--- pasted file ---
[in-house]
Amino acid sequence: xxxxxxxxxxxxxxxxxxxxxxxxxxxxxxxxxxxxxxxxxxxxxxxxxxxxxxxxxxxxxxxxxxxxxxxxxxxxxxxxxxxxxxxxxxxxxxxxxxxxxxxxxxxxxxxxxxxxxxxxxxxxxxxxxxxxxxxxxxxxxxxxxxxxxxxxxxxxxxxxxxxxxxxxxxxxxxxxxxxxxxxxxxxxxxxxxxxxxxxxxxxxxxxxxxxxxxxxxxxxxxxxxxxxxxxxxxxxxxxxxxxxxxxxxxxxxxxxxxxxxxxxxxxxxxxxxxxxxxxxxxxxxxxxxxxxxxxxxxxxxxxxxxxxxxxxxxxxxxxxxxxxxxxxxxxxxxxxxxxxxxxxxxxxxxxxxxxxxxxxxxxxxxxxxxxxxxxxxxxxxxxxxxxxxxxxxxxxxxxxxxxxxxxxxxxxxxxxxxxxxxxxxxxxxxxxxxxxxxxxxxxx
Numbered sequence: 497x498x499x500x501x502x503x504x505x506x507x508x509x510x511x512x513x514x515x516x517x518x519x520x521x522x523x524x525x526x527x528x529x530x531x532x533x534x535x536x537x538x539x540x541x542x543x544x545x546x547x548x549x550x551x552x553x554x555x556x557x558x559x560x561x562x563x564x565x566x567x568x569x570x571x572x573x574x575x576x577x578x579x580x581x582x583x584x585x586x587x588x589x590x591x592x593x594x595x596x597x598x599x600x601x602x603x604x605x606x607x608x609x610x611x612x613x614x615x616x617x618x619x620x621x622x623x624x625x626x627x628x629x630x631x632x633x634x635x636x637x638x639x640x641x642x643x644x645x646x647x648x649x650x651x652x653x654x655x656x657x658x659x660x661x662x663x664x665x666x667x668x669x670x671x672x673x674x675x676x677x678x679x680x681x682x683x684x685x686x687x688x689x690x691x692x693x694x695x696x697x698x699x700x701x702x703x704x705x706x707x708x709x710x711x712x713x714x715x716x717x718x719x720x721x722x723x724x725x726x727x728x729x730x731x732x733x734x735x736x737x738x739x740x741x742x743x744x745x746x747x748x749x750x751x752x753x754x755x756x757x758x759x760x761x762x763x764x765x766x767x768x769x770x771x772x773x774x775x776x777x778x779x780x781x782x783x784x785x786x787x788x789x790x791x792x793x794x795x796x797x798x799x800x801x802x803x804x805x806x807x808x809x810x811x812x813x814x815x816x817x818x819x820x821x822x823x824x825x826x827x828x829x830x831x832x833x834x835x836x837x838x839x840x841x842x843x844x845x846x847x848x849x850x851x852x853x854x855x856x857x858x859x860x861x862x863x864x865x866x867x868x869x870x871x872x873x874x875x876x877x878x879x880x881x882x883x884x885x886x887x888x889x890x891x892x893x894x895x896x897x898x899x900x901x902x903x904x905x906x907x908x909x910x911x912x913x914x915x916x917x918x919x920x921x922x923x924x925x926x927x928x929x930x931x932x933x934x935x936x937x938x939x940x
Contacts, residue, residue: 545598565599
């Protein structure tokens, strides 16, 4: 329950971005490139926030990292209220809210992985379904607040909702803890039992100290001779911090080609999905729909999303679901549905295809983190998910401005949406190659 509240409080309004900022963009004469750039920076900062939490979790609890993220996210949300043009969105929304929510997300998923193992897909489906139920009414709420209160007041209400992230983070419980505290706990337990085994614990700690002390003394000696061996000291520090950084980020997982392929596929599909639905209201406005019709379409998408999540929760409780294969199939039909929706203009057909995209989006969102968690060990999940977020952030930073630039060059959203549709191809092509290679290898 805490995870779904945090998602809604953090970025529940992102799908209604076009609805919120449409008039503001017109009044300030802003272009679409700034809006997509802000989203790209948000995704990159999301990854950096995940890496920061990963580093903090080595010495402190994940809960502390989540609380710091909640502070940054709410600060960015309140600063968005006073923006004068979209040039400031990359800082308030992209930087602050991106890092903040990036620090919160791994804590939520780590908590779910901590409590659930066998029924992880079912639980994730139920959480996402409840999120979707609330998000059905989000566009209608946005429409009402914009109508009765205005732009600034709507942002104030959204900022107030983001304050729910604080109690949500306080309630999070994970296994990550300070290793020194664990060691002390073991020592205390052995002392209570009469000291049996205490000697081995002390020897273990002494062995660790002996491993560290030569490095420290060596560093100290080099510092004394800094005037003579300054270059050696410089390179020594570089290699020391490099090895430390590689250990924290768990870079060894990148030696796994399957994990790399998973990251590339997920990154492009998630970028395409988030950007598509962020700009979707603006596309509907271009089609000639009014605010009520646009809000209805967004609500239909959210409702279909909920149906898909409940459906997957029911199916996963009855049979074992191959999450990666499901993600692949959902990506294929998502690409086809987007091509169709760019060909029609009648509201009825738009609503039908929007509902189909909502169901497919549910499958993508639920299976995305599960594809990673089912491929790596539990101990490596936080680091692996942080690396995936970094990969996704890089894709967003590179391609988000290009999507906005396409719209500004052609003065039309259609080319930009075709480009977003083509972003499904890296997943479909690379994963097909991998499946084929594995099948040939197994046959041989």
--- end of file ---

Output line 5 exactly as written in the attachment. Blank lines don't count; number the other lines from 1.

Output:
């Protein structure tokens, strides 16, 4: 329950971005490139926030990292209220809210992985379904607040909702803890039992100290001779911090080609999905729909999303679901549905295809983190998910401005949406190659 509240409080309004900022963009004469750039920076900062939490979790609890993220996210949300043009969105929304929510997300998923193992897909489906139920009414709420209160007041209400992230983070419980505290706990337990085994614990700690002390003394000696061996000291520090950084980020997982392929596929599909639905209201406005019709379409998408999540929760409780294969199939039909929706203009057909995209989006969102968690060990999940977020952030930073630039060059959203549709191809092509290679290898 805490995870779904945090998602809604953090970025529940992102799908209604076009609805919120449409008039503001017109009044300030802003272009679409700034809006997509802000989203790209948000995704990159999301990854950096995940890496920061990963580093903090080595010495402190994940809960502390989540609380710091909640502070940054709410600060960015309140600063968005006073923006004068979209040039400031990359800082308030992209930087602050991106890092903040990036620090919160791994804590939520780590908590779910901590409590659930066998029924992880079912639980994730139920959480996402409840999120979707609330998000059905989000566009209608946005429409009402914009109508009765205005732009600034709507942002104030959204900022107030983001304050729910604080109690949500306080309630999070994970296994990550300070290793020194664990060691002390073991020592205390052995002392209570009469000291049996205490000697081995002390020897273990002494062995660790002996491993560290030569490095420290060596560093100290080099510092004394800094005037003579300054270059050696410089390179020594570089290699020391490099090895430390590689250990924290768990870079060894990148030696796994399957994990790399998973990251590339997920990154492009998630970028395409988030950007598509962020700009979707603006596309509907271009089609000639009014605010009520646009809000209805967004609500239909959210409702279909909920149906898909409940459906997957029911199916996963009855049979074992191959999450990666499901993600692949959902990506294929998502690409086809987007091509169709760019060909029609009648509201009825738009609503039908929007509902189909909502169901497919549910499958993508639920299976995305599960594809990673089912491929790596539990101990490596936080680091692996942080690396995936970094990969996704890089894709967003590179391609988000290009999507906005396409719209500004052609003065039309259609080319930009075709480009977003083509972003499904890296997943479909690379994963097909991998499946084929594995099948040939197994046959041989």